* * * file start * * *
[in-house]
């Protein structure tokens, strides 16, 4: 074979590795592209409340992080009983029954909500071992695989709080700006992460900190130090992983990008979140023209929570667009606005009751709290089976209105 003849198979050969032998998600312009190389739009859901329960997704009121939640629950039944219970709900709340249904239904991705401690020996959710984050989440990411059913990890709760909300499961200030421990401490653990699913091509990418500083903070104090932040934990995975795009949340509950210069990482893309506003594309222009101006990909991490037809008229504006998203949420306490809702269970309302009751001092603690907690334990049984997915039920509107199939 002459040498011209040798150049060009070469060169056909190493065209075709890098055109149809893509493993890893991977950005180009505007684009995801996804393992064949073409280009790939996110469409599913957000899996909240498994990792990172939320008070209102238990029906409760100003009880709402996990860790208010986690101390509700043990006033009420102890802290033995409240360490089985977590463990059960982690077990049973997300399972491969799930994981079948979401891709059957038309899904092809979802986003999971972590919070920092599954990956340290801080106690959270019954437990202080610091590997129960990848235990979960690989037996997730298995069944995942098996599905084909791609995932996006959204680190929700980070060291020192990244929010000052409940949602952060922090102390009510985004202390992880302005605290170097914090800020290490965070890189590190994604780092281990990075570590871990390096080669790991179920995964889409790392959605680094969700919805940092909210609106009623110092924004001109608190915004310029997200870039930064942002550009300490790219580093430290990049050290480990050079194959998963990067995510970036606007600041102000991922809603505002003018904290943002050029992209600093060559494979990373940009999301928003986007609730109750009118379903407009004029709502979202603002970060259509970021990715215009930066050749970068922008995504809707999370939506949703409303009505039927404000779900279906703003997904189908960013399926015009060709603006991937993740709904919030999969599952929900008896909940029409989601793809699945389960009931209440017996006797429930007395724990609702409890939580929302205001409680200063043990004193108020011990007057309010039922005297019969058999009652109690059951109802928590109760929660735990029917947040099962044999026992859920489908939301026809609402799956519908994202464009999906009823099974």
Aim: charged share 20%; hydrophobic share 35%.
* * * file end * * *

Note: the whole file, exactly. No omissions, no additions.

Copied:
[in-house]
């Protein structure tokens, strides 16, 4: 074979590795592209409340992080009983029954909500071992695989709080700006992460900190130090992983990008979140023209929570667009606005009751709290089976209105 003849198979050969032998998600312009190389739009859901329960997704009121939640629950039944219970709900709340249904239904991705401690020996959710984050989440990411059913990890709760909300499961200030421990401490653990699913091509990418500083903070104090932040934990995975795009949340509950210069990482893309506003594309222009101006990909991490037809008229504006998203949420306490809702269970309302009751001092603690907690334990049984997915039920509107199939 002459040498011209040798150049060009070469060169056909190493065209075709890098055109149809893509493993890893991977950005180009505007684009995801996804393992064949073409280009790939996110469409599913957000899996909240498994990792990172939320008070209102238990029906409760100003009880709402996990860790208010986690101390509700043990006033009420102890802290033995409240360490089985977590463990059960982690077990049973997300399972491969799930994981079948979401891709059957038309899904092809979802986003999971972590919070920092599954990956340290801080106690959270019954437990202080610091590997129960990848235990979960690989037996997730298995069944995942098996599905084909791609995932996006959204680190929700980070060291020192990244929010000052409940949602952060922090102390009510985004202390992880302005605290170097914090800020290490965070890189590190994604780092281990990075570590871990390096080669790991179920995964889409790392959605680094969700919805940092909210609106009623110092924004001109608190915004310029997200870039930064942002550009300490790219580093430290990049050290480990050079194959998963990067995510970036606007600041102000991922809603505002003018904290943002050029992209600093060559494979990373940009999301928003986007609730109750009118379903407009004029709502979202603002970060259509970021990715215009930066050749970068922008995504809707999370939506949703409303009505039927404000779900279906703003997904189908960013399926015009060709603006991937993740709904919030999969599952929900008896909940029409989601793809699945389960009931209440017996006797429930007395724990609702409890939580929302205001409680200063043990004193108020011990007057309010039922005297019969058999009652109690059951109802928590109760929660735990029917947040099962044999026992859920489908939301026809609402799956519908994202464009999906009823099974």
Aim: charged share 20%; hydrophobic share 35%.